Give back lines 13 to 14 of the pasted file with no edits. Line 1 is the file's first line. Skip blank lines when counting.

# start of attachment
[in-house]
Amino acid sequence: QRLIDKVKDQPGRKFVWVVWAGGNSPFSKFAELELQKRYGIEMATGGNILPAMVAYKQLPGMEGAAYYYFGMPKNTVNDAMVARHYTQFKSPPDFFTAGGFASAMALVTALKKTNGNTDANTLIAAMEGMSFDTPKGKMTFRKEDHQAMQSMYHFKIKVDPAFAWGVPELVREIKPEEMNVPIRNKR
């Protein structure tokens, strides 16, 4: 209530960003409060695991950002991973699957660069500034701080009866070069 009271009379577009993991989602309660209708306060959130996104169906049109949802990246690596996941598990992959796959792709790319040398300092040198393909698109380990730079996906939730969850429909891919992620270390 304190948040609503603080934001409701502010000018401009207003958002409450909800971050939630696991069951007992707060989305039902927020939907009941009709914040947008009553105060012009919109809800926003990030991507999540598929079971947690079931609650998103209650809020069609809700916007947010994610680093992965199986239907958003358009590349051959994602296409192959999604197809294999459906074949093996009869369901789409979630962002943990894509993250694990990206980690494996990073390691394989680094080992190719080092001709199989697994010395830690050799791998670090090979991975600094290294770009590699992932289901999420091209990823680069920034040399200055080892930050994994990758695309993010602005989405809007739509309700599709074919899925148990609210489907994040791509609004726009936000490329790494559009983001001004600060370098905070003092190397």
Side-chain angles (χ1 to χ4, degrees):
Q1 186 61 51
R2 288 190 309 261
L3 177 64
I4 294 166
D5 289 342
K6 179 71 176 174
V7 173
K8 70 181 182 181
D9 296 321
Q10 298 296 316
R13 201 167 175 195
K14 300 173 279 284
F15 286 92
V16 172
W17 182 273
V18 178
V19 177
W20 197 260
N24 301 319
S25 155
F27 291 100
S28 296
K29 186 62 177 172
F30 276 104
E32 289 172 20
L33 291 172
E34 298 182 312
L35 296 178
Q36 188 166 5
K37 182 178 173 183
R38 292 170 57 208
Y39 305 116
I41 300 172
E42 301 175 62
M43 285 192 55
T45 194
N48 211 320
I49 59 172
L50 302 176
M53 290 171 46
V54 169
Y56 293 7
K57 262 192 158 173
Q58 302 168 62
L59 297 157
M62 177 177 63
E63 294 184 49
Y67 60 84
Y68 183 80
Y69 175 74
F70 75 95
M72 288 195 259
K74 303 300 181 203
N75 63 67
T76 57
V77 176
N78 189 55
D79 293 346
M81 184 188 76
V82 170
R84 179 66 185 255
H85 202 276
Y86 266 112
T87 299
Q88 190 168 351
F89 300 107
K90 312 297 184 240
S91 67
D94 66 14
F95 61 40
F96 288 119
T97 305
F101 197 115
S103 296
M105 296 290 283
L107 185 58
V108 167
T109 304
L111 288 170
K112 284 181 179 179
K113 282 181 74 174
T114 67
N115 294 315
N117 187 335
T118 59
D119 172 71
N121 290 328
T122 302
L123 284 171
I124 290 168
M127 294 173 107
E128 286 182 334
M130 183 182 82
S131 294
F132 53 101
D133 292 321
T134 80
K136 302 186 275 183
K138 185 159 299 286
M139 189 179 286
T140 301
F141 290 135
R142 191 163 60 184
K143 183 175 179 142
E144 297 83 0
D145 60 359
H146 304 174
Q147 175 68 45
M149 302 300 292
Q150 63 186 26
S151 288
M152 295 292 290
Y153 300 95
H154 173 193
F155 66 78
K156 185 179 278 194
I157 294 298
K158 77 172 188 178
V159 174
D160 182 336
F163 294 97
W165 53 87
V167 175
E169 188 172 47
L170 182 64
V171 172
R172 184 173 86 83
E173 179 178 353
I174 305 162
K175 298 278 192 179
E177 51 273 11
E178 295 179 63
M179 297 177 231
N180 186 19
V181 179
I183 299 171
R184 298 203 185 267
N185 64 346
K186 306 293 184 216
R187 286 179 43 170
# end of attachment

D9 296 321
Q10 298 296 316